Anatomía del desencanto: Humor, ficción y melancolía en España, 1976-1998
Santiago Morales Rivera
After the failure of the soixante-huitards, the collapse of European communism, and the fall around 1989 of various dictatorships and revolutions in Latin America, the sentimental approach to history is again reaping successes among the humanities and the social and political sciences. In the Hispanic world, this “affective turn” is on its way to repeating another fin de siècle like the one led by the intellectuals of 1898. A century later, in both Spanish and Anglo-Saxon universities, notions such as disenchantment, trauma, memory and empathy inform virtually all the analyses of modern Spanish culture, from the bloody Civil War and the nearly 40 years of fascism that followed it to the disappointing transition to democracy.
Santiago Morales intervenes in this sentimental approach to history and to the novelistic production of the transition by recovering the links and tensions that the notion of melancholy maintains with the esthetics of black humor in a corpus of fictional works written between 1976 and 1998. Through a methodology that alternates between the careful analysis of novels by Javier Marías, Gonzalo Torrente Ballester, Cristina Fernández Cubas, and Juan José Millás, and the distant reading or framing that places these texts in a broader history, Anatomía del desencanto constructs a critique of the equivocal place held in our modern age by feelings that were, in another time, so noble and persistent, such as grief, fear, guilt and compassion.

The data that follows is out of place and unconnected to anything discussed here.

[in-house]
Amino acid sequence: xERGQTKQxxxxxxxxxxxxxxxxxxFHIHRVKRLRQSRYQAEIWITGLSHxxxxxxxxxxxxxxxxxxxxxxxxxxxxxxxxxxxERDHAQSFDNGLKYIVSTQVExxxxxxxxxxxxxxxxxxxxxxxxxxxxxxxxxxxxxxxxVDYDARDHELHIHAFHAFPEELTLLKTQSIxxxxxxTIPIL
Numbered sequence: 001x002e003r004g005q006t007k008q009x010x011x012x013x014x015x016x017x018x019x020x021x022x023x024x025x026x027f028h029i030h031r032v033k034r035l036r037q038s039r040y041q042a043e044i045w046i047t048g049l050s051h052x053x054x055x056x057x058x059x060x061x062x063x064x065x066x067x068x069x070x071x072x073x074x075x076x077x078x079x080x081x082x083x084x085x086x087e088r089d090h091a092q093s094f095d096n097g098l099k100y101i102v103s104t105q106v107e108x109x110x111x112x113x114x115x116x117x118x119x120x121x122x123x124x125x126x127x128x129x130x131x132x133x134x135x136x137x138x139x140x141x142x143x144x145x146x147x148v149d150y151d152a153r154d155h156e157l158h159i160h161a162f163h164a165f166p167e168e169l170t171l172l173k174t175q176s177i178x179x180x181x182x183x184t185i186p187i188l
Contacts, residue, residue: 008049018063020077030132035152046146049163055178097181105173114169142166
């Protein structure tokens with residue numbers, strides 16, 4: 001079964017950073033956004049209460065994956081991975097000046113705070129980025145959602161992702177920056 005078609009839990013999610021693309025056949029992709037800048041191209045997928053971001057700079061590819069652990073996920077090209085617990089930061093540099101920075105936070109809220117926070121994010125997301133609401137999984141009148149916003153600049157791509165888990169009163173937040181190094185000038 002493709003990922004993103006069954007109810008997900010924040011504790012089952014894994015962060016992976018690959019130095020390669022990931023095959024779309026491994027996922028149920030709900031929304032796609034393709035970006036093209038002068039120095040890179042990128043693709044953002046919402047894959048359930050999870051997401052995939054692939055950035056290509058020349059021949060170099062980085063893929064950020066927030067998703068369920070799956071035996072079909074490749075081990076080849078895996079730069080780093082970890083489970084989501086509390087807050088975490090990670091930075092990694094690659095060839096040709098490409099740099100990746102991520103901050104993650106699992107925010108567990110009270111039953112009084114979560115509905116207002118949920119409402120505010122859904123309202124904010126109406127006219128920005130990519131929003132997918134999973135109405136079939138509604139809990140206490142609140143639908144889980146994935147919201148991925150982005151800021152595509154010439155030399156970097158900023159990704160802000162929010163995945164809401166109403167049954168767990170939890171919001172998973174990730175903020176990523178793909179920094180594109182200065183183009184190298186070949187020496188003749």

While other specialists who study the transition today agree in denouncing the ominous persistence of Francoism and the post-war ethos, Santiago Morales sees a deeply ironic formula in the black humor of melancholy: a catalyst in the creative and moral growth of Spanish narrative and a fundamental critical tool to change contemporary sentimental education.
Santiago Morales Rivera received his PhD from Harvard University and is currently Assistant Professor in the Department of Spanish and Portuguese at the University of California-Irvine.
Forthcoming. PSRL 69. Paper. $45.00. e-Book available. Written entirely in Spanish.
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